“Crooks! Why would I trust those crooks?”
I shuffle out of a daydream in a rusty jeepney to see where the loud voice is coming from.
“What all these politicians do is steal the people’s money, and they get away with it!” the old man shouts straight into the ear of the driver, who, simply nodding, appears uninterested in his tirade.
The old man is 64. That means 10 presidents, two people power revolutions, a dictatorship, and decades of corruption, poverty and injustice. When he decided to retire his decades-old jeepney years ago, his belief in the Philippine electoral system died with it.
“Those candidates do not deserve our votes! I haven’t stolen anything in my entire life, never committed a crime. Here I am, still poor,” he says after counting the candidates on his fingers, not by their formal names but their monikers. “This is our resistance: Let’s not vote for any of them!”
He is angry and disillusioned, and rightly so. In a country where elections are both a blessing and a curse but viewed as the be-all and end-all of things, democratic participation has become centered on shading the ballot.
The people, in turn, believe in personalities—the messiah, the savior, the harbinger of change—because time and again they are confronted with “choices” that are unsatisfactory. They will vote for the lesser evil. They will think that it is, indeed, a choice. But the danger of choosing the lesser evil is the tendency to choose the status quo: safe, convenient, but still detached from the plight of the masses.
The lesser evil takes many forms: the radical punisher, the “propoor” technocrat, the motherly, the experienced, the economist, or the heir to the straight path—yet trailed by a long list of “buts” that will only bring frustration and confusion. No matter how progressive they may be, they will always be bound by the interests of their class. Essentially, it becomes about replacing kings and queens, but never abolishing the monarchy.
The electoral system is seen, by default, as a solution, but it can also foster an abusive relationship with the people. When elections are over, the people return to the cycle of poverty and landscape of social injustice that the person they elected had promised to eradicate. The electoral system is still bound by the structures that allow the flourishing of the elite, political dynasties, and patronage politics. After the dust has cleared, what remains is the elite web of allies that rallied the politicians to power.
Elections can be likened to Roland Barthes’ concept of wrestling: an open-air spectacle of excess. “For what makes the circus on the arena what they are,” Barthes said, “is not the sky, it is the drenching and vertical quality of the flood of light.” What matters is not what the electorate thinks, but what it sees. It sees passion—in the ways by which the candidates make their promises, badmouth their opponents, or insult the intelligence of their audiences, never mind if it’s real. It sees hope—amid all motives, consequences, suffering, defeat and justice.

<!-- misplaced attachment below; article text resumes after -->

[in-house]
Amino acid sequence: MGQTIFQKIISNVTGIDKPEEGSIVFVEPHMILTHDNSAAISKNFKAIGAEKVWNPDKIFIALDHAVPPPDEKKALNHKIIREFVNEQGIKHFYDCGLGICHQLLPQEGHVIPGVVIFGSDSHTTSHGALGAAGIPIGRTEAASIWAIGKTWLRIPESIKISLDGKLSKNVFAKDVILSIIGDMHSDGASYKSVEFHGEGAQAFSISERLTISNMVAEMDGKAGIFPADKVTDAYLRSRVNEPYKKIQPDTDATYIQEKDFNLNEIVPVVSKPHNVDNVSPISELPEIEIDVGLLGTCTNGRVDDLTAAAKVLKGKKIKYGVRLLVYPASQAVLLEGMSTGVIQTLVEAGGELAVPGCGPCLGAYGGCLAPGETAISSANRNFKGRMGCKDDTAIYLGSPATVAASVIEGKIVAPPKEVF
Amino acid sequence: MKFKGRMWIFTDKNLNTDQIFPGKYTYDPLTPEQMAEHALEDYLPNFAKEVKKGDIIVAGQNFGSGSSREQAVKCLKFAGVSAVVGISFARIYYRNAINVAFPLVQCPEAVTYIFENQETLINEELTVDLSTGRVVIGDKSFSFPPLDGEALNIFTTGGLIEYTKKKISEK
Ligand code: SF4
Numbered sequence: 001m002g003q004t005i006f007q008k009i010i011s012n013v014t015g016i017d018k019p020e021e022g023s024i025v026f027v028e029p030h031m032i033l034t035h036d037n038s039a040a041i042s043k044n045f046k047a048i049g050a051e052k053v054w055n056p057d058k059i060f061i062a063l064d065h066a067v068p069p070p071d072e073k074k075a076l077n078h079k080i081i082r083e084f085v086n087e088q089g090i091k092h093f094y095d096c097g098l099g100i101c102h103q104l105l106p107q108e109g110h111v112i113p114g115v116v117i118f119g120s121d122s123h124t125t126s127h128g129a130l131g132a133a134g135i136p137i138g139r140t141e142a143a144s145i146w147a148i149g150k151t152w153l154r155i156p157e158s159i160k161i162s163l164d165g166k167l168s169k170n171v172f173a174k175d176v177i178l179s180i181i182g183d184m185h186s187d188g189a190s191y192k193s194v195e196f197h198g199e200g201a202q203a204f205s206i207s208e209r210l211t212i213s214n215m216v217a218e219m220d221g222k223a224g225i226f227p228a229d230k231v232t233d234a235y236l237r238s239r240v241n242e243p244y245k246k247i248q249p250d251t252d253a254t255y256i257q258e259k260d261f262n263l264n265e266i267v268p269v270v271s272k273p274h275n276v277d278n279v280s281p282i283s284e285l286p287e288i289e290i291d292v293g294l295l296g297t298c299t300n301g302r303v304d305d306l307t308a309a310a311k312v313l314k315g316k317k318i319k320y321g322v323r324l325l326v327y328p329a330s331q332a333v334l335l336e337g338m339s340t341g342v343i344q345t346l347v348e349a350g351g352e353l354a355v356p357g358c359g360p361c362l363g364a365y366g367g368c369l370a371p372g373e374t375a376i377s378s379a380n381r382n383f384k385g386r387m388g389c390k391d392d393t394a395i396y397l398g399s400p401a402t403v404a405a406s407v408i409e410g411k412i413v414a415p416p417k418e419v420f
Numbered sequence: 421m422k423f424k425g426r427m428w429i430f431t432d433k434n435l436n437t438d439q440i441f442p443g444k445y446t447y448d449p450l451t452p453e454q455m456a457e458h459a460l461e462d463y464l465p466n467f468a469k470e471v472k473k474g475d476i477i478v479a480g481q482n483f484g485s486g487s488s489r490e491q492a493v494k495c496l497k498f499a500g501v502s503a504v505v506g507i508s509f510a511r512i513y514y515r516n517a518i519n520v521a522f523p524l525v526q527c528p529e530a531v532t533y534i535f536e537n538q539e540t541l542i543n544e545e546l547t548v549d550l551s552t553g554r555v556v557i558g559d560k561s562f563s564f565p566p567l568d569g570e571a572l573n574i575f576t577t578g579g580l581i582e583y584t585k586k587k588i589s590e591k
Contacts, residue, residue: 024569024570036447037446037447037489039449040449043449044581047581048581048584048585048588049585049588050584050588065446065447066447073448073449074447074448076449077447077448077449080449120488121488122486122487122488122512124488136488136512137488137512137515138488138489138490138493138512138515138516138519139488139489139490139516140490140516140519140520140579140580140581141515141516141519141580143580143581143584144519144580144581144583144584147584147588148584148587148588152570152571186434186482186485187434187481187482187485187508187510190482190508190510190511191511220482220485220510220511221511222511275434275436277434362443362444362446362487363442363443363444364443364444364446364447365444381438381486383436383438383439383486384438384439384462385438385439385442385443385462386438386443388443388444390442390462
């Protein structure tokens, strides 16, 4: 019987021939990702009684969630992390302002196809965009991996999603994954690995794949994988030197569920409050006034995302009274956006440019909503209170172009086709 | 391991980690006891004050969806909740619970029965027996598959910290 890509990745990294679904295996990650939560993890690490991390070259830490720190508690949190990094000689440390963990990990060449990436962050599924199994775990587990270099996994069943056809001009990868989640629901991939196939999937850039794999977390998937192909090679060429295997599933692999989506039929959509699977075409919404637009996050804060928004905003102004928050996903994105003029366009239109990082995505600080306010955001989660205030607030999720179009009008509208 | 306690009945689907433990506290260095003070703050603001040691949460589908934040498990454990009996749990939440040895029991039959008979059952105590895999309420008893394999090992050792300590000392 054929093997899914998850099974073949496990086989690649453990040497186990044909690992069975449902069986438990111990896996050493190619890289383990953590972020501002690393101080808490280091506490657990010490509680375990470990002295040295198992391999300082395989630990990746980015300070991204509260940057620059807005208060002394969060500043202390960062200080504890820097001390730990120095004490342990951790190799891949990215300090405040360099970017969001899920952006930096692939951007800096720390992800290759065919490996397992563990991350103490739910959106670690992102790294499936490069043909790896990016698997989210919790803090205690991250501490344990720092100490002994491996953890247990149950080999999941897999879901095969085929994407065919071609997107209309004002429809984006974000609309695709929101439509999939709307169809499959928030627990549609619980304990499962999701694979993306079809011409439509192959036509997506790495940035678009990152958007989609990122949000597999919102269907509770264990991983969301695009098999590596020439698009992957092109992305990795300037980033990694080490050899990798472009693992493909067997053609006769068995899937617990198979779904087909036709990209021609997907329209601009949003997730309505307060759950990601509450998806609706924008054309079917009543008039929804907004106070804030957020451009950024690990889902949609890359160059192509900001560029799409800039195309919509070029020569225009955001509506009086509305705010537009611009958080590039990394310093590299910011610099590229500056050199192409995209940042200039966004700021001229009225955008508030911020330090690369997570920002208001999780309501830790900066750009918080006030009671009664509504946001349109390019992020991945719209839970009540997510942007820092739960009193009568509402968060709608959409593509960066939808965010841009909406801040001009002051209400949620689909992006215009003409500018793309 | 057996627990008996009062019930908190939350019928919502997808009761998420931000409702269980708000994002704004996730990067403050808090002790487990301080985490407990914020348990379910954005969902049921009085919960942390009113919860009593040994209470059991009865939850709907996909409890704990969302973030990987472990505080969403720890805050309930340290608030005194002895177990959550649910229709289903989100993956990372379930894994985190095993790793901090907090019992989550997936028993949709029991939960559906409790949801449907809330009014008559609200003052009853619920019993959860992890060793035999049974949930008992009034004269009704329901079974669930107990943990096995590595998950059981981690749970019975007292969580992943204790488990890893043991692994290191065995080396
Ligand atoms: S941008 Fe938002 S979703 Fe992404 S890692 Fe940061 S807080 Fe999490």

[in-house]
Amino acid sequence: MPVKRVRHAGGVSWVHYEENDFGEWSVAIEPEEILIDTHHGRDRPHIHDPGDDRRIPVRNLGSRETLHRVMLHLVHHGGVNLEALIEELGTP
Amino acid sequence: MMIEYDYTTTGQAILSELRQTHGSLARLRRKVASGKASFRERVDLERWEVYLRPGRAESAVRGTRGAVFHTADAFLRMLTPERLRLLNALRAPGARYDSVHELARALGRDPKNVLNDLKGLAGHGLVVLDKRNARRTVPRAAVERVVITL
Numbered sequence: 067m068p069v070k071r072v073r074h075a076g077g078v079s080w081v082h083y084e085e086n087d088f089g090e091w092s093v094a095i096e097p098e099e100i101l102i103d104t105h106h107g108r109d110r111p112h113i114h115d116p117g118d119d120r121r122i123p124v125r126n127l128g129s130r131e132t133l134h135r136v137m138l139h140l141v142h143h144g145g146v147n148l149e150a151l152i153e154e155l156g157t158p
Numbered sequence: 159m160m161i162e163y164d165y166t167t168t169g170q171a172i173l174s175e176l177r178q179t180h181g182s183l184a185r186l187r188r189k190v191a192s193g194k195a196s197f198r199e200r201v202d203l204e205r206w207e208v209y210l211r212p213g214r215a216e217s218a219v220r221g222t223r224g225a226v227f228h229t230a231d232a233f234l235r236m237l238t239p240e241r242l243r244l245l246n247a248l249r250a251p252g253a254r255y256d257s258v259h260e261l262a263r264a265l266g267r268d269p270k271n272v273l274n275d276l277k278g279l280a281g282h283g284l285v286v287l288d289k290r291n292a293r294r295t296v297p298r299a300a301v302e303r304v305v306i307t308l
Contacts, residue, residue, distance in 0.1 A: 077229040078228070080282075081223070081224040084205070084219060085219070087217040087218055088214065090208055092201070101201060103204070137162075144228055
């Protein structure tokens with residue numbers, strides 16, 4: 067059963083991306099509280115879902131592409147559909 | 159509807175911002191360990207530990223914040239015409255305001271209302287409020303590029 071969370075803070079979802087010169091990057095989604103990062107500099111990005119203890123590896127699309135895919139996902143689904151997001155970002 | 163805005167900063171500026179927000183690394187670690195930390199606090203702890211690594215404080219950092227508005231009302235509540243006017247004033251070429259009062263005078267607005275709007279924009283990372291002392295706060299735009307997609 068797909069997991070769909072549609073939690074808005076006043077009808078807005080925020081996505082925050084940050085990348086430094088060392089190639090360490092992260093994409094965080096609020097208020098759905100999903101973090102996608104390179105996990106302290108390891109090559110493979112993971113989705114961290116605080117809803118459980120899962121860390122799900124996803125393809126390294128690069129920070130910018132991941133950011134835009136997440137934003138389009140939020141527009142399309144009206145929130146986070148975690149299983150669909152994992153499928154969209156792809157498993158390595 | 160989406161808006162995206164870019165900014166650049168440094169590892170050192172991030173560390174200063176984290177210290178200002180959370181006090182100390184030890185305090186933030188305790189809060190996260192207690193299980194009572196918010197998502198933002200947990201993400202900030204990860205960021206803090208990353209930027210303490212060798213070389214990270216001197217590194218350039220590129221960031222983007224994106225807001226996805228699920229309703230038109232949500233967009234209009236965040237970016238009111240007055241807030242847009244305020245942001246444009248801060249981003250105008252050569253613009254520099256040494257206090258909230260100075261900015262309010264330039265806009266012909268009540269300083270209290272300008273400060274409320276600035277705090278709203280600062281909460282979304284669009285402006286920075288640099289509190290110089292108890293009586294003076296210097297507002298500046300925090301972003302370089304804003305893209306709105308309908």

In the age of the internet, a cognitive dissonance has created a black hole of fear and deception: “If you don’t like my candidate, you have no right to talk.” Never mind if the candidate is corrupt, incompetent, oppressive, or without vision.
Diehard supporters know better than to demand more from their candidates. The power of choice has slipped from the masses’ hands and become concentrated on the flightless superheroes.
This isn’t the democracy we had hoped for. This isn’t the democracy for which we had fought in the streets twice in our history.
Because after the votes are cast and the numbers are flashed, the real winner is still the same repressive system that has kept the people in chains for so long. Elections will eventually become a nonsolution if the power of the masses stops where the power of the elected leaders begin.
Elected leaders are not messiahs. We must avoid the mistakes of the past and cease believing that the act of voting will single-handedly solve our problems. There is a need to extend the strong electoral force that we have now from the ballot to organizations that will turn the thirst for change into a coherent counterpower. Liberation, after all, is a social act.
As a counterpower, other mechanisms of change will open up without letting our passions die a natural death in existing institutions of power.
True empowerment in a democratic country lies not in the people’s capacity to surrender their future to the lesser evil because they need a leviathan to liberate them from society’s ills. It is in the capacity to control their own destinies, fight for their rights, and refuse to be trapped in other forms of lesser evils.
Elections shall be an awakening, not a dagger that will leave us all wretched in the end. Whoever wins, it shall force us to go out and make a choice, not only for a single day, but even after the ballots are cast.
Mariejo Mariss S. Ramos, 22, works at the Philippine Daily Inquirer. She says her essay was inspired by Che Guevara: “Democracy cannot consist solely of elections.”